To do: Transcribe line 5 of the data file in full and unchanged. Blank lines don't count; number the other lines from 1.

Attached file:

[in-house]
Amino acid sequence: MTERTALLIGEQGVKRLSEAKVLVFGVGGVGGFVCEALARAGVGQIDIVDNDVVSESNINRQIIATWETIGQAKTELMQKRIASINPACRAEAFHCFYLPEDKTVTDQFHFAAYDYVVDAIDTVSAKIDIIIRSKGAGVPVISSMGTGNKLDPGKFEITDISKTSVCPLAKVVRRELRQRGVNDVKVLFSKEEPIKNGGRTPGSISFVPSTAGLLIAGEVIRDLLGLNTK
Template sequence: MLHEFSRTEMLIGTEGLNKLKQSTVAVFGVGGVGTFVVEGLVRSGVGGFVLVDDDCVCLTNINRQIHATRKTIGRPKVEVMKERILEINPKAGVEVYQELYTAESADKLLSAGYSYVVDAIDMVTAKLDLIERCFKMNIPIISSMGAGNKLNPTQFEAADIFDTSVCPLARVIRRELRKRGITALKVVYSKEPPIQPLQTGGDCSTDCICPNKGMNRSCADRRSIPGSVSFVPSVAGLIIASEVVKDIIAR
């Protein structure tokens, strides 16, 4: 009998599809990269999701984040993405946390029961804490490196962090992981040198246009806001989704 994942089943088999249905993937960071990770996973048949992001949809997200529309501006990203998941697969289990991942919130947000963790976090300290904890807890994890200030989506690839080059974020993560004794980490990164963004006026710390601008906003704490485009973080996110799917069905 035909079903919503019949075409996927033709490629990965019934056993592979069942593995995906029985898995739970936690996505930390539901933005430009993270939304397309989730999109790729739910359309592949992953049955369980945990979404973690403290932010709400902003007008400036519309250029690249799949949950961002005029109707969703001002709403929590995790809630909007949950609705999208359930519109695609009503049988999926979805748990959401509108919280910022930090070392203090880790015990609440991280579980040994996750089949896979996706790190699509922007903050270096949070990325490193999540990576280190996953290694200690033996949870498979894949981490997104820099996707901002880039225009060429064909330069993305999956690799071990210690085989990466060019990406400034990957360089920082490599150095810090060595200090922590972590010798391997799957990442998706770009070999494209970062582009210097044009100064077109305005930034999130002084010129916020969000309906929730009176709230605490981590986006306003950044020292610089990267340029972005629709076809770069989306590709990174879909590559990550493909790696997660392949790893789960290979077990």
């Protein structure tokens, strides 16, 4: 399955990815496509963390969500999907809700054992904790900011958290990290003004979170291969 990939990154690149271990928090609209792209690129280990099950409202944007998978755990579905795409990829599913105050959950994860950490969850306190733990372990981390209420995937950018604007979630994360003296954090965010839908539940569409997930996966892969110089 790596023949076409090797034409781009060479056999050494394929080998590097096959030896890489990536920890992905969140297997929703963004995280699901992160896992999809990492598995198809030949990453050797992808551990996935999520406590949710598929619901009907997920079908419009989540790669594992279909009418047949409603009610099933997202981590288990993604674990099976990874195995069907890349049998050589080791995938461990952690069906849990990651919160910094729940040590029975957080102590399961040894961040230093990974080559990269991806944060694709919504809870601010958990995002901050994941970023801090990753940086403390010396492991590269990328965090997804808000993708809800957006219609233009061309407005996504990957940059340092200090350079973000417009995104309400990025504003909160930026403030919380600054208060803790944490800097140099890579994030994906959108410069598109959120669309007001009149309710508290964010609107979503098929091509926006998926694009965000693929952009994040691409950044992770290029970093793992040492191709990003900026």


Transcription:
């Protein structure tokens, strides 16, 4: 399955990815496509963390969500999907809700054992904790900011958290990290003004979170291969 990939990154690149271990928090609209792209690129280990099950409202944007998978755990579905795409990829599913105050959950994860950490969850306190733990372990981390209420995937950018604007979630994360003296954090965010839908539940569409997930996966892969110089 790596023949076409090797034409781009060479056999050494394929080998590097096959030896890489990536920890992905969140297997929703963004995280699901992160896992999809990492598995198809030949990453050797992808551990996935999520406590949710598929619901009907997920079908419009989540790669594992279909009418047949409603009610099933997202981590288990993604674990099976990874195995069907890349049998050589080791995938461990952690069906849990990651919160910094729940040590029975957080102590399961040894961040230093990974080559990269991806944060694709919504809870601010958990995002901050994941970023801090990753940086403390010396492991590269990328965090997804808000993708809800957006219609233009061309407005996504990957940059340092200090350079973000417009995104309400990025504003909160930026403030919380600054208060803790944490800097140099890579994030994906959108410069598109959120669309007001009149309710508290964010609107979503098929091509926006998926694009965000693929952009994040691409950044992770290029970093793992040492191709990003900026």